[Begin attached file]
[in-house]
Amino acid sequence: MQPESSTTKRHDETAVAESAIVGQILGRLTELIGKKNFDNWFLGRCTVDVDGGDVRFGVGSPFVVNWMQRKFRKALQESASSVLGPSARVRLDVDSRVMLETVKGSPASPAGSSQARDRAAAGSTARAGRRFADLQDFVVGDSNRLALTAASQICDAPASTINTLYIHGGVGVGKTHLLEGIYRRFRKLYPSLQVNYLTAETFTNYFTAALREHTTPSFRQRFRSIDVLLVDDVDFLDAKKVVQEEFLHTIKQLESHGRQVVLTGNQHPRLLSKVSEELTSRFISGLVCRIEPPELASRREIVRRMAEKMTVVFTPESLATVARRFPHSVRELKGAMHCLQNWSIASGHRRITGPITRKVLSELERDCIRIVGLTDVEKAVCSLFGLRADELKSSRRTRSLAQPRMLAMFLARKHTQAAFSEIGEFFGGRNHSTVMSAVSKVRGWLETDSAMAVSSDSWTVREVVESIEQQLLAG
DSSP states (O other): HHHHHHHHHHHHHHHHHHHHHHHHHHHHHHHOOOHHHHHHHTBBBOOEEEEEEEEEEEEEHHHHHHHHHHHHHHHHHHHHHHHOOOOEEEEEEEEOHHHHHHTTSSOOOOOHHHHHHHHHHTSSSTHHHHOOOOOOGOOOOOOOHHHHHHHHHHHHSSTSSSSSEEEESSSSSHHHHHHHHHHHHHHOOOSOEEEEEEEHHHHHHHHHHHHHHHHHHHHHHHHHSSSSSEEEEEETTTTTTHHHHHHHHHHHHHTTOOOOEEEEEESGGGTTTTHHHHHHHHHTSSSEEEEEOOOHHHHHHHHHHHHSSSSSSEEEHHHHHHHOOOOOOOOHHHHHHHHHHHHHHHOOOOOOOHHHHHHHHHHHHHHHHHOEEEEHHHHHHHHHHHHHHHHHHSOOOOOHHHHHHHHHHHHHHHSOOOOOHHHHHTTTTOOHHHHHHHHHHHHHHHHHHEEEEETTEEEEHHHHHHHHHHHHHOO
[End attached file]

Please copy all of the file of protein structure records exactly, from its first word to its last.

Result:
[in-house]
Amino acid sequence: MQPESSTTKRHDETAVAESAIVGQILGRLTELIGKKNFDNWFLGRCTVDVDGGDVRFGVGSPFVVNWMQRKFRKALQESASSVLGPSARVRLDVDSRVMLETVKGSPASPAGSSQARDRAAAGSTARAGRRFADLQDFVVGDSNRLALTAASQICDAPASTINTLYIHGGVGVGKTHLLEGIYRRFRKLYPSLQVNYLTAETFTNYFTAALREHTTPSFRQRFRSIDVLLVDDVDFLDAKKVVQEEFLHTIKQLESHGRQVVLTGNQHPRLLSKVSEELTSRFISGLVCRIEPPELASRREIVRRMAEKMTVVFTPESLATVARRFPHSVRELKGAMHCLQNWSIASGHRRITGPITRKVLSELERDCIRIVGLTDVEKAVCSLFGLRADELKSSRRTRSLAQPRMLAMFLARKHTQAAFSEIGEFFGGRNHSTVMSAVSKVRGWLETDSAMAVSSDSWTVREVVESIEQQLLAG
DSSP states (O other): HHHHHHHHHHHHHHHHHHHHHHHHHHHHHHHOOOHHHHHHHTBBBOOEEEEEEEEEEEEEHHHHHHHHHHHHHHHHHHHHHHHOOOOEEEEEEEEOHHHHHHTTSSOOOOOHHHHHHHHHHTSSSTHHHHOOOOOOGOOOOOOOHHHHHHHHHHHHSSTSSSSSEEEESSSSSHHHHHHHHHHHHHHOOOSOEEEEEEEHHHHHHHHHHHHHHHHHHHHHHHHHSSSSSEEEEEETTTTTTHHHHHHHHHHHHHTTOOOOEEEEEESGGGTTTTHHHHHHHHHTSSSEEEEEOOOHHHHHHHHHHHHSSSSSSEEEHHHHHHHOOOOOOOOHHHHHHHHHHHHHHHOOOOOOOHHHHHHHHHHHHHHHHHOEEEEHHHHHHHHHHHHHHHHHHSOOOOOHHHHHHHHHHHHHHHSOOOOOHHHHHTTTTOOHHHHHHHHHHHHHHHHHHEEEEETTEEEEHHHHHHHHHHHHHOO